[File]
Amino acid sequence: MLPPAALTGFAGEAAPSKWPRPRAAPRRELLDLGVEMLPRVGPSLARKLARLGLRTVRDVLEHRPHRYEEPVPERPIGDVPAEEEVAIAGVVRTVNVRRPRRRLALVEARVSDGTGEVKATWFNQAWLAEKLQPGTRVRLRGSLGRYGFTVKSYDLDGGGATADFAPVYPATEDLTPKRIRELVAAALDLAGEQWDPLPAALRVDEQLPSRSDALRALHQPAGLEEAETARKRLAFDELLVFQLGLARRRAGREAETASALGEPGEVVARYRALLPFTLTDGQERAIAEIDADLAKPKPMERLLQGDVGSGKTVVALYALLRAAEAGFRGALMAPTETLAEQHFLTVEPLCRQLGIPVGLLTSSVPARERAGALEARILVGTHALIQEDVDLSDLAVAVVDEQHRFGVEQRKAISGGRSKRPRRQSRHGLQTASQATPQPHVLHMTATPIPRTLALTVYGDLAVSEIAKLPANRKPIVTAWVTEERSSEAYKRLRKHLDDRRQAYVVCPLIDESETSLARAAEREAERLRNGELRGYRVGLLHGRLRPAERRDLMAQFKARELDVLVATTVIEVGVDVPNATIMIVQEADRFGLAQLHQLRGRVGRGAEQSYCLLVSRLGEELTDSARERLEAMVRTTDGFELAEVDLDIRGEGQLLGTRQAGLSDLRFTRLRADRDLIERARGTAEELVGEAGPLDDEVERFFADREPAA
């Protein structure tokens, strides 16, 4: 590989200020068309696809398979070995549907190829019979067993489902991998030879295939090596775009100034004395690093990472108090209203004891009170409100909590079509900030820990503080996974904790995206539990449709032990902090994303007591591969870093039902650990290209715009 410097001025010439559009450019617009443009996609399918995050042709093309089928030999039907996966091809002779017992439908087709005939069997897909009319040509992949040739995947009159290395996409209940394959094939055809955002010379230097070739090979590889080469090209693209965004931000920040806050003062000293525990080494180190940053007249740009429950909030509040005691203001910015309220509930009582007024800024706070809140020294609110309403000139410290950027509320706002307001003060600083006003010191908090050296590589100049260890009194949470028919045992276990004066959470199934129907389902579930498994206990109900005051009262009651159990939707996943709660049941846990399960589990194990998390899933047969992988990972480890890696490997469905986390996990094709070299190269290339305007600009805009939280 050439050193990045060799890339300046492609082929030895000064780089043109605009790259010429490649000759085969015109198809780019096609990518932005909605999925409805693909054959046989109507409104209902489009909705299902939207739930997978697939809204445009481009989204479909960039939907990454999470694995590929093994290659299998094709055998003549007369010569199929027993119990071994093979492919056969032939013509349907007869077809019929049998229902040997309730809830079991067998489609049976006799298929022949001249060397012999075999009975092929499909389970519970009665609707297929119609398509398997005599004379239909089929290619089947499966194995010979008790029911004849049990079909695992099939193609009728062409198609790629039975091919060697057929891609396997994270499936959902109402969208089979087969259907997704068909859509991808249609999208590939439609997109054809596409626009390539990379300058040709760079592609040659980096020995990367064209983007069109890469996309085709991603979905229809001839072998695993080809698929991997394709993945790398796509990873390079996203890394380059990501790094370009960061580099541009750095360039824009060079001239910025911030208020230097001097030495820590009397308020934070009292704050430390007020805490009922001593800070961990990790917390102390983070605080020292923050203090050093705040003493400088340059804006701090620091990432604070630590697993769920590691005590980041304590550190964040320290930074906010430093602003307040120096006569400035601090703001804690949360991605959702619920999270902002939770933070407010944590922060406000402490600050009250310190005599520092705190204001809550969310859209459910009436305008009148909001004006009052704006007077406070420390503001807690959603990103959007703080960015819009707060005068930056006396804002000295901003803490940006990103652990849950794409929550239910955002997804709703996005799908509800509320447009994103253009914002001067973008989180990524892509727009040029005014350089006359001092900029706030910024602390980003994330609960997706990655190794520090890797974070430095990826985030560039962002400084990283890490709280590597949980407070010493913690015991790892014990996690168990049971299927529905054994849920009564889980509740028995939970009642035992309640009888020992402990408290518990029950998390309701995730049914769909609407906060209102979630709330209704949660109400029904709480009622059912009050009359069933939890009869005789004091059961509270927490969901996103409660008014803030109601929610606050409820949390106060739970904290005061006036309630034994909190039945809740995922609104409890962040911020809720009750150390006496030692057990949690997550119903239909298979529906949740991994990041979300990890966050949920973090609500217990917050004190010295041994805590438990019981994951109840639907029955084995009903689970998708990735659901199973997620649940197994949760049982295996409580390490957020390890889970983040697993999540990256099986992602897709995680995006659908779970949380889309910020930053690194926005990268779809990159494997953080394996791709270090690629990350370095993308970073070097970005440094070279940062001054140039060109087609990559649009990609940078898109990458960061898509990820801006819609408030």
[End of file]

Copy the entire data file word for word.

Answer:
Amino acid sequence: MLPPAALTGFAGEAAPSKWPRPRAAPRRELLDLGVEMLPRVGPSLARKLARLGLRTVRDVLEHRPHRYEEPVPERPIGDVPAEEEVAIAGVVRTVNVRRPRRRLALVEARVSDGTGEVKATWFNQAWLAEKLQPGTRVRLRGSLGRYGFTVKSYDLDGGGATADFAPVYPATEDLTPKRIRELVAAALDLAGEQWDPLPAALRVDEQLPSRSDALRALHQPAGLEEAETARKRLAFDELLVFQLGLARRRAGREAETASALGEPGEVVARYRALLPFTLTDGQERAIAEIDADLAKPKPMERLLQGDVGSGKTVVALYALLRAAEAGFRGALMAPTETLAEQHFLTVEPLCRQLGIPVGLLTSSVPARERAGALEARILVGTHALIQEDVDLSDLAVAVVDEQHRFGVEQRKAISGGRSKRPRRQSRHGLQTASQATPQPHVLHMTATPIPRTLALTVYGDLAVSEIAKLPANRKPIVTAWVTEERSSEAYKRLRKHLDDRRQAYVVCPLIDESETSLARAAEREAERLRNGELRGYRVGLLHGRLRPAERRDLMAQFKARELDVLVATTVIEVGVDVPNATIMIVQEADRFGLAQLHQLRGRVGRGAEQSYCLLVSRLGEELTDSARERLEAMVRTTDGFELAEVDLDIRGEGQLLGTRQAGLSDLRFTRLRADRDLIERARGTAEELVGEAGPLDDEVERFFADREPAA
């Protein structure tokens, strides 16, 4: 590989200020068309696809398979070995549907190829019979067993489902991998030879295939090596775009100034004395690093990472108090209203004891009170409100909590079509900030820990503080996974904790995206539990449709032990902090994303007591591969870093039902650990290209715009 410097001025010439559009450019617009443009996609399918995050042709093309089928030999039907996966091809002779017992439908087709005939069997897909009319040509992949040739995947009159290395996409209940394959094939055809955002010379230097070739090979590889080469090209693209965004931000920040806050003062000293525990080494180190940053007249740009429950909030509040005691203001910015309220509930009582007024800024706070809140020294609110309403000139410290950027509320706002307001003060600083006003010191908090050296590589100049260890009194949470028919045992276990004066959470199934129907389902579930498994206990109900005051009262009651159990939707996943709660049941846990399960589990194990998390899933047969992988990972480890890696490997469905986390996990094709070299190269290339305007600009805009939280 050439050193990045060799890339300046492609082929030895000064780089043109605009790259010429490649000759085969015109198809780019096609990518932005909605999925409805693909054959046989109507409104209902489009909705299902939207739930997978697939809204445009481009989204479909960039939907990454999470694995590929093994290659299998094709055998003549007369010569199929027993119990071994093979492919056969032939013509349907007869077809019929049998229902040997309730809830079991067998489609049976006799298929022949001249060397012999075999009975092929499909389970519970009665609707297929119609398509398997005599004379239909089929290619089947499966194995010979008790029911004849049990079909695992099939193609009728062409198609790629039975091919060697057929891609396997994270499936959902109402969208089979087969259907997704068909859509991808249609999208590939439609997109054809596409626009390539990379300058040709760079592609040659980096020995990367064209983007069109890469996309085709991603979905229809001839072998695993080809698929991997394709993945790398796509990873390079996203890394380059990501790094370009960061580099541009750095360039824009060079001239910025911030208020230097001097030495820590009397308020934070009292704050430390007020805490009922001593800070961990990790917390102390983070605080020292923050203090050093705040003493400088340059804006701090620091990432604070630590697993769920590691005590980041304590550190964040320290930074906010430093602003307040120096006569400035601090703001804690949360991605959702619920999270902002939770933070407010944590922060406000402490600050009250310190005599520092705190204001809550969310859209459910009436305008009148909001004006009052704006007077406070420390503001807690959603990103959007703080960015819009707060005068930056006396804002000295901003803490940006990103652990849950794409929550239910955002997804709703996005799908509800509320447009994103253009914002001067973008989180990524892509727009040029005014350089006359001092900029706030910024602390980003994330609960997706990655190794520090890797974070430095990826985030560039962002400084990283890490709280590597949980407070010493913690015991790892014990996690168990049971299927529905054994849920009564889980509740028995939970009642035992309640009888020992402990408290518990029950998390309701995730049914769909609407906060209102979630709330209704949660109400029904709480009622059912009050009359069933939890009869005789004091059961509270927490969901996103409660008014803030109601929610606050409820949390106060739970904290005061006036309630034994909190039945809740995922609104409890962040911020809720009750150390006496030692057990949690997550119903239909298979529906949740991994990041979300990890966050949920973090609500217990917050004190010295041994805590438990019981994951109840639907029955084995009903689970998708990735659901199973997620649940197994949760049982295996409580390490957020390890889970983040697993999540990256099986992602897709995680995006659908779970949380889309910020930053690194926005990268779809990159494997953080394996791709270090690629990350370095993308970073070097970005440094070279940062001054140039060109087609990559649009990609940078898109990458960061898509990820801006819609408030």